Another source of value has to do with support: If the product reliability is improved, customer call centers and repair centers do not need as large a staff or facilities. Some organizations identify the cost per customer call, which allows an estimation of the value of a change in call rates.
Consider whether the reliability work impacts customer satisfaction and, if so, how and to what extent. For example, determine how many customer calls would be avoided.
If you have a model of how customer satisfaction affects sales, you can estimate the impact on sales volume.
Often the revenue value is significant. Although gathering good numbers and developing models for these estimates can be difficult to create, they are well worth the effort.
8. Opportunity Cost Reduction
Every engineer and manager on a development team has multiple priorities and tasks to accomplish.
If members of the team are diverted to accomplish a reliability task, they are not performing their primary role. If the means by which a task is accomplished can be automated, streamlined, or out-sourced effectively, this reduces the lost opportunity for engineering tasks to be accomplished.
A clear example is to consider the cost of extending the program development time and the cost per day of the development team.
If a reliability activity can reduce the time of the extension, this saves the opportunity cost and those engineers can then work on the next project as planned.
9. Indirect Impact
The indirect impact is more difficult to quantify.
Consider the following:
- Did the reliability activity increase the efficiency of the team?
- Did the activities bring previously unknown knowledge to the program?
- Did the work improve the team’s ability to make decisions with fewer errors?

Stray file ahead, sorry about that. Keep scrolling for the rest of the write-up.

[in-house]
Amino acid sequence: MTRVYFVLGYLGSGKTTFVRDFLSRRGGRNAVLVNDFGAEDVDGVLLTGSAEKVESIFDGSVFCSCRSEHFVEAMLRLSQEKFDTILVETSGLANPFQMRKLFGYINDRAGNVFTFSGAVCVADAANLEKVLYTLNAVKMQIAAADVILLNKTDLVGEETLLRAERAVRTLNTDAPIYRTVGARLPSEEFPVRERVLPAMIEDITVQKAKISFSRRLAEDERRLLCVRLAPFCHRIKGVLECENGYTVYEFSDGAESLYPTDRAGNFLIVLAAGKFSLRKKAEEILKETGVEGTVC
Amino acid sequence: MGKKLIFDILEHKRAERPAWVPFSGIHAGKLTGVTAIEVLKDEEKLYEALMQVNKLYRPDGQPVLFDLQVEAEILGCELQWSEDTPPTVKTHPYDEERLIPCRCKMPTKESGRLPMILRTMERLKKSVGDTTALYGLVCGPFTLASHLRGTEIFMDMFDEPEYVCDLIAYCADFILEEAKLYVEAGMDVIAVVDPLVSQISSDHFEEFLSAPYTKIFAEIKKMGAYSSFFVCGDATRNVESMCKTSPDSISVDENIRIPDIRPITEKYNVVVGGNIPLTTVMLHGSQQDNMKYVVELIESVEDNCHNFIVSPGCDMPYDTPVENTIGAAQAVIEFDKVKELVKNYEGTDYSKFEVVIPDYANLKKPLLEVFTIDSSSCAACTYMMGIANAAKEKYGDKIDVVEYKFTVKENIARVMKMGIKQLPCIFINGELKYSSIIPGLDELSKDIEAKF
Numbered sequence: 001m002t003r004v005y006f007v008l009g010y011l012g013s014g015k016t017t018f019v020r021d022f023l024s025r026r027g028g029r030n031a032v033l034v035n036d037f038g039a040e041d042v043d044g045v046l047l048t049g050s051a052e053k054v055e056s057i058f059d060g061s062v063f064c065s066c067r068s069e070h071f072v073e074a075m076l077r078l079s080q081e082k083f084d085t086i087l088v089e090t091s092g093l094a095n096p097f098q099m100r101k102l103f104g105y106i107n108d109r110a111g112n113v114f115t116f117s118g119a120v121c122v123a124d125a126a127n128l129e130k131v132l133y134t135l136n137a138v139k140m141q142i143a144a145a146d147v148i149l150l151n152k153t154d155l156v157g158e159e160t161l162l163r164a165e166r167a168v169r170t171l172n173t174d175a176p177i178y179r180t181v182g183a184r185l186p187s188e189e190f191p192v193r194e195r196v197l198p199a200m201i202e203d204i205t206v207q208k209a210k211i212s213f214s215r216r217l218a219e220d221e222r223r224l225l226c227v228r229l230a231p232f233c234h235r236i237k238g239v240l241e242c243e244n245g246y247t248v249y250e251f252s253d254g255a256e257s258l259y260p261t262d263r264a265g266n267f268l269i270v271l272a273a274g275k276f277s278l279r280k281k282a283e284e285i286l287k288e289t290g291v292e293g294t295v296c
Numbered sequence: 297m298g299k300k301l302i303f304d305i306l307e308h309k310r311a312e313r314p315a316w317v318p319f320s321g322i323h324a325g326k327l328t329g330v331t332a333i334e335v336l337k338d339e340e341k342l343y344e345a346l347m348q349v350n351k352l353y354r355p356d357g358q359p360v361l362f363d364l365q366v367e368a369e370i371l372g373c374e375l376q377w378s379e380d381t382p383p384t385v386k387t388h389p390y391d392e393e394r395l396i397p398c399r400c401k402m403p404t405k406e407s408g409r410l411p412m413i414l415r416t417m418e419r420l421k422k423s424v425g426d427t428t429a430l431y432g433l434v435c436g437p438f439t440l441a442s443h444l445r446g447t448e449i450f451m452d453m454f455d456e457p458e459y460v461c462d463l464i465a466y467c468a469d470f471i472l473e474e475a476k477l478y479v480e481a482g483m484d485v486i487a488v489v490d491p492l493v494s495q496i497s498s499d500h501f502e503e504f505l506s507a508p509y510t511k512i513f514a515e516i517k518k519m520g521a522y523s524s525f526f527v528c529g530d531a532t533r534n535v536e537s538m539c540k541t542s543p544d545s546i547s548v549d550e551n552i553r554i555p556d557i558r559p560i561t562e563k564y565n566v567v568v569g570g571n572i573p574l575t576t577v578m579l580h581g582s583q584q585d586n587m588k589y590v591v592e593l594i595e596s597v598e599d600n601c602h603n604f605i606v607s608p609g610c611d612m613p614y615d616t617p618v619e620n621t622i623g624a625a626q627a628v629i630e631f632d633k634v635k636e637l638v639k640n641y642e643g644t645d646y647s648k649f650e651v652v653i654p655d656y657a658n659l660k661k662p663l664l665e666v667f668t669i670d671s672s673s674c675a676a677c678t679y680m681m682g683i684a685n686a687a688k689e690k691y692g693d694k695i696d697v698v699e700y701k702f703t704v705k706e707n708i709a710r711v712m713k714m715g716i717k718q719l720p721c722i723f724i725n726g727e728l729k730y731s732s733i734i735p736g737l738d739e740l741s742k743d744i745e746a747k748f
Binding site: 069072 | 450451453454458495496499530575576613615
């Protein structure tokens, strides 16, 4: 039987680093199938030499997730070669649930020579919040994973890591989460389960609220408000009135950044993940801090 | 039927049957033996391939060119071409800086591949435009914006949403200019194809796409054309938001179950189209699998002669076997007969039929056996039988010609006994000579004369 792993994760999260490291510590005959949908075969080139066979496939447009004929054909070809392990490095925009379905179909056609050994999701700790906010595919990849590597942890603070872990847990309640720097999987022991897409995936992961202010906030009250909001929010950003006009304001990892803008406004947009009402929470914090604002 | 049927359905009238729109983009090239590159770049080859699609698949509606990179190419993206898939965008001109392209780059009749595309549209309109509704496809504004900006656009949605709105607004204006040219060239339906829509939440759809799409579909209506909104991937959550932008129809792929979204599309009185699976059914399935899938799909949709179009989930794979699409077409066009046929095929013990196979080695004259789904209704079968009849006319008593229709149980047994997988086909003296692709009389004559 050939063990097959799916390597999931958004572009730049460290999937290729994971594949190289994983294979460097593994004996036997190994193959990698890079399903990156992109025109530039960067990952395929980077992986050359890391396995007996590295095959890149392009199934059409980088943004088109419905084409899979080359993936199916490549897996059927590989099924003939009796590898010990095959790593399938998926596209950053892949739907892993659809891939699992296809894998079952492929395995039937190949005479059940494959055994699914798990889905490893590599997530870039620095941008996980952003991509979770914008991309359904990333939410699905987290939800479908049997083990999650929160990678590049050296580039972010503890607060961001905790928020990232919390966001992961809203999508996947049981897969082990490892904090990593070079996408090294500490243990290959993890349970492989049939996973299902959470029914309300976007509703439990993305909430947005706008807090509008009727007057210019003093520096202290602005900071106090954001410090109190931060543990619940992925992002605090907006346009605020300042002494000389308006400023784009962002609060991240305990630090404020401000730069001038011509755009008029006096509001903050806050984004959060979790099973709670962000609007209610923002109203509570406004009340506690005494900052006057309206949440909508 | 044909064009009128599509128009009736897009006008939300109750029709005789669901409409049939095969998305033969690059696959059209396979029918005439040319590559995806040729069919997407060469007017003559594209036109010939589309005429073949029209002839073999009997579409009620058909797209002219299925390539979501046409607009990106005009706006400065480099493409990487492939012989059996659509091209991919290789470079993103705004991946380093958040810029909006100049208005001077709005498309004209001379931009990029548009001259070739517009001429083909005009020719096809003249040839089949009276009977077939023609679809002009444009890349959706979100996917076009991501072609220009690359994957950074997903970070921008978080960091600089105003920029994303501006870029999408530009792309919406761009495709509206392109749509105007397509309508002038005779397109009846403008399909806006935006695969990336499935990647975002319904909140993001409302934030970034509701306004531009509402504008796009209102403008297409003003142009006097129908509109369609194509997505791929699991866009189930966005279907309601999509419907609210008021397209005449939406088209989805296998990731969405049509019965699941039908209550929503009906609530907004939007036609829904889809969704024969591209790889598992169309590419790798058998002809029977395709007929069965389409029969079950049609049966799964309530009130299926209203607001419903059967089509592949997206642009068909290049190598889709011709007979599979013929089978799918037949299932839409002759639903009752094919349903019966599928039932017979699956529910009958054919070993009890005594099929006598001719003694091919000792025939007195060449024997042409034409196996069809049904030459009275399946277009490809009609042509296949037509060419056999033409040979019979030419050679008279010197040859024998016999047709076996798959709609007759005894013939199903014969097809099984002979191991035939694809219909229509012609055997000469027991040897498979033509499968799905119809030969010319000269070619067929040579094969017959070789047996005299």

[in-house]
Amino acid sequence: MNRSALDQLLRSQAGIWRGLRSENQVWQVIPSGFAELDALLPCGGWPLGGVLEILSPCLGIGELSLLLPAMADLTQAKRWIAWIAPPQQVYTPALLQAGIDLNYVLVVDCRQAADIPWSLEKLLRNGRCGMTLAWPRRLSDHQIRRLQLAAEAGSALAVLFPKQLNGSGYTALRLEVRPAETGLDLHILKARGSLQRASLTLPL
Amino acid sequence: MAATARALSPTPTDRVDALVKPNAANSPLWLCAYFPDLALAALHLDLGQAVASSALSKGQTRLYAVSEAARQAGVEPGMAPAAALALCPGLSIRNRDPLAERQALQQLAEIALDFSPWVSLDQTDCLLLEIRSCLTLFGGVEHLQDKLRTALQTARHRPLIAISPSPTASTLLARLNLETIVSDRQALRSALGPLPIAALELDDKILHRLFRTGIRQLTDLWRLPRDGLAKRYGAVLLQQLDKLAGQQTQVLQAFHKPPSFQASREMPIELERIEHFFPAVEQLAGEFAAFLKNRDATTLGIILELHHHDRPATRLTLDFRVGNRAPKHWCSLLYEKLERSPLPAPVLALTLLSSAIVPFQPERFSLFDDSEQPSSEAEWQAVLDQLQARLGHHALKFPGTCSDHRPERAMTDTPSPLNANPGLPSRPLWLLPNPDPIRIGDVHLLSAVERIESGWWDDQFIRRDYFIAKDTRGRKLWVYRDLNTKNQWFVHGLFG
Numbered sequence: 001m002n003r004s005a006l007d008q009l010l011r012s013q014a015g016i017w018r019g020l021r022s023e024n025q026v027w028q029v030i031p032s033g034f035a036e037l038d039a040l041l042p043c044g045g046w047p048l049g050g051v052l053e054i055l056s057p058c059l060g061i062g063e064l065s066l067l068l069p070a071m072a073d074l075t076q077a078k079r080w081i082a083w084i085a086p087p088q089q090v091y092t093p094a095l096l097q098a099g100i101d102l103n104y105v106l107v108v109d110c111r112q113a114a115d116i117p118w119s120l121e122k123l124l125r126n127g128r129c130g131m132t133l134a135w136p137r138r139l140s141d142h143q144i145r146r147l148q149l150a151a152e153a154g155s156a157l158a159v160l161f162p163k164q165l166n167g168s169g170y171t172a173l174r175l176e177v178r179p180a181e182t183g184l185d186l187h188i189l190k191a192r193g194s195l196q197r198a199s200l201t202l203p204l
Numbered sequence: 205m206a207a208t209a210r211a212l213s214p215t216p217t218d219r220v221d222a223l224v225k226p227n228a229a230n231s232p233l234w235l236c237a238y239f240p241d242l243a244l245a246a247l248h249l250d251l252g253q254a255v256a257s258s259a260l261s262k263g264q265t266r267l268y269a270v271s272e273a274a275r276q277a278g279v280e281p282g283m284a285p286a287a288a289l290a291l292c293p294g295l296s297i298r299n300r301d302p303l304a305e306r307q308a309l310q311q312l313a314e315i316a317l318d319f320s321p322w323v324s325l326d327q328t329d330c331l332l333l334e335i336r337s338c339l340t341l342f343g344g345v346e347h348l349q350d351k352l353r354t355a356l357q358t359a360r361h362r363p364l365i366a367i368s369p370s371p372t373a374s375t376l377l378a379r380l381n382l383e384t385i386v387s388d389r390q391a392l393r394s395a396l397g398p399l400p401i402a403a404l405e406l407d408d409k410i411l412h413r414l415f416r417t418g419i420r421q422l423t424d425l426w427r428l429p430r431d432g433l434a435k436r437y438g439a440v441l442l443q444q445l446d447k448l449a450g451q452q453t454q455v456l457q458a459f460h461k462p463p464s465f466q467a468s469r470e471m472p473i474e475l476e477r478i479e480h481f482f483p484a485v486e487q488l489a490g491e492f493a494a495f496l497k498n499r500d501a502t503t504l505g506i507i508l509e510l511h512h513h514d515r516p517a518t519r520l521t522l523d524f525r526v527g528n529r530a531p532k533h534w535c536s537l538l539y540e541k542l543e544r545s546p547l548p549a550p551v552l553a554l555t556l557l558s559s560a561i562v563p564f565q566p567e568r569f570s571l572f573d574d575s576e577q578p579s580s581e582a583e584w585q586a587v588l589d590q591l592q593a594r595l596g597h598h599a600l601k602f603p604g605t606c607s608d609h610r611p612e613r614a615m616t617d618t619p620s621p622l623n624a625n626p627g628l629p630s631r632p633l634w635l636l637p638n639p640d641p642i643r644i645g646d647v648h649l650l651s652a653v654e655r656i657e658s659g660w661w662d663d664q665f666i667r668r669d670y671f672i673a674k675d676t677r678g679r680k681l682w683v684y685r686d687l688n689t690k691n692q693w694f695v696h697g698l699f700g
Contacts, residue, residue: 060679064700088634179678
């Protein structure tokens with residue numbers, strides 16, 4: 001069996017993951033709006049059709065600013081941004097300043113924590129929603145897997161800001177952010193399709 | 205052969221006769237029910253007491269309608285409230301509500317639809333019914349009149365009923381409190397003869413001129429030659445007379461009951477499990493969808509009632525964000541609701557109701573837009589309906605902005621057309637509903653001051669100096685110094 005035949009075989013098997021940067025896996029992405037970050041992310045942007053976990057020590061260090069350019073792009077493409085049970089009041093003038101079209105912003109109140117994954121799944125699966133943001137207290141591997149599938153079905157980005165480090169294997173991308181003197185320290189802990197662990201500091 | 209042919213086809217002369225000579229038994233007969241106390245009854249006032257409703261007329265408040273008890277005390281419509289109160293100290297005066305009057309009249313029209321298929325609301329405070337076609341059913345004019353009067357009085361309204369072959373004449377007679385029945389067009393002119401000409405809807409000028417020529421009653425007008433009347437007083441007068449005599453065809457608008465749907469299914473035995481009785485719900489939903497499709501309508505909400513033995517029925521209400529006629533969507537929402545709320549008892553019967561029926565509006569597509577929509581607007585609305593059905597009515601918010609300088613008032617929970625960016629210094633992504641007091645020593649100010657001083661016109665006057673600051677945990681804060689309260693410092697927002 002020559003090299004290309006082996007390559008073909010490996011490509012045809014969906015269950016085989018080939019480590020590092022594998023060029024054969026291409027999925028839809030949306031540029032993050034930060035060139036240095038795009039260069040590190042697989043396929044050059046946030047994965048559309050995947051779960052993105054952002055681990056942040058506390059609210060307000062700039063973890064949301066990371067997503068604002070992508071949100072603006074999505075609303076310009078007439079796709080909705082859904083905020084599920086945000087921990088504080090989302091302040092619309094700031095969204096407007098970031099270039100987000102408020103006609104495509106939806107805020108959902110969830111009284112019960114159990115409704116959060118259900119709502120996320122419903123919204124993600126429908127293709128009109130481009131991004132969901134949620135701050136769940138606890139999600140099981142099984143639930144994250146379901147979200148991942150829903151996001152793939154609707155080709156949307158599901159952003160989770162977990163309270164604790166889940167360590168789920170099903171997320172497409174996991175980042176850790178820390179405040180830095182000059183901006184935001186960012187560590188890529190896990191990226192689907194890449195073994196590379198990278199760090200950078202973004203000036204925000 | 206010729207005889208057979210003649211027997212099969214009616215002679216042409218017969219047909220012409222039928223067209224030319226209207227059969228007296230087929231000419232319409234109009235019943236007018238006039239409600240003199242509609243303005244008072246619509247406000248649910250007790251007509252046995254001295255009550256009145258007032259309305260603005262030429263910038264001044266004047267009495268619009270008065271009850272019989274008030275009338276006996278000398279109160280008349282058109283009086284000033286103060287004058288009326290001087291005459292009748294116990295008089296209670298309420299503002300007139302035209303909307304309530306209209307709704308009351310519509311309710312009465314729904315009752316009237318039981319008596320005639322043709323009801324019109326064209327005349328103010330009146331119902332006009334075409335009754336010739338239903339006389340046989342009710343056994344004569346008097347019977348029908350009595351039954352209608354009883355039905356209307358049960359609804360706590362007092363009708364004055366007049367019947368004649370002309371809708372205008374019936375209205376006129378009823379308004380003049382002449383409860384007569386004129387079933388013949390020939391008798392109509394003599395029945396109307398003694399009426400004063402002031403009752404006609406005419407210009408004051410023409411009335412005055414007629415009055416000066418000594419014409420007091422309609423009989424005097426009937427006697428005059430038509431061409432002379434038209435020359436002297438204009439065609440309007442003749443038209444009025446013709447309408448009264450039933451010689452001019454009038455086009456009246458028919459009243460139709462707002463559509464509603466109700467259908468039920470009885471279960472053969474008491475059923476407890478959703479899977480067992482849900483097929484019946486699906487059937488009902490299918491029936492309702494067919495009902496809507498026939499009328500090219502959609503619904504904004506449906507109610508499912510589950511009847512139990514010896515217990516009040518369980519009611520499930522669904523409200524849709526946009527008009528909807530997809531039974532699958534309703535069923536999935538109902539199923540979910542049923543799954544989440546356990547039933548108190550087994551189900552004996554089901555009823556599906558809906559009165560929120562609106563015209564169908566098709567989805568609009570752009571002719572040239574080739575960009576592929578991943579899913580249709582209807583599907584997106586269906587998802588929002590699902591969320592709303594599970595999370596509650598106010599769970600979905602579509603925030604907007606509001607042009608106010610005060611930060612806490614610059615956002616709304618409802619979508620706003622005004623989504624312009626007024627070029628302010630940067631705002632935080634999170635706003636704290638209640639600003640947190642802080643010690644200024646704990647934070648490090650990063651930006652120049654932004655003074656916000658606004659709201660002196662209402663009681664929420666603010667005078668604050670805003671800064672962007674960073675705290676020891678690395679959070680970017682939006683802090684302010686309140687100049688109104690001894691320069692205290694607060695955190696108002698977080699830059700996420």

10. Engineering Effort Saved
Consider as an example a problem with cracks developing in a line of capacitors. The reliability engineer is asked to research and resolve this cracked-capacitor issue. It may take about two weeks to conduct the research and resolve the issue. The value was in part just in the engineering work, but the additional and significant value for the organization was in the reuse of that two weeks of work.
Over the next several months, other similar situations might more easily be resolved, saving about two weeks each time.
Let’s assume that over the next 3 months, another 12 similar situations arose. We can estimate the total engineering effort saved by
(cost of an engineer per day) × (2 weeks) × 12
representing a savings of half a man year of engineering time. This savings was in addition to avoided material costs, field failure costs, and impact to TTM or impact to customer satisfaction.
That is 10 ways and I’m sure there are others. How do you tally up the value you provide. Leave a comment and share how you quantify your contribution.
If you would like to explore determining value based on your reliability tasks check out the book, Finding Value: How to Determine the Value of Reliability Engineering Activities
Reliability Value (article)
Also published on Medium.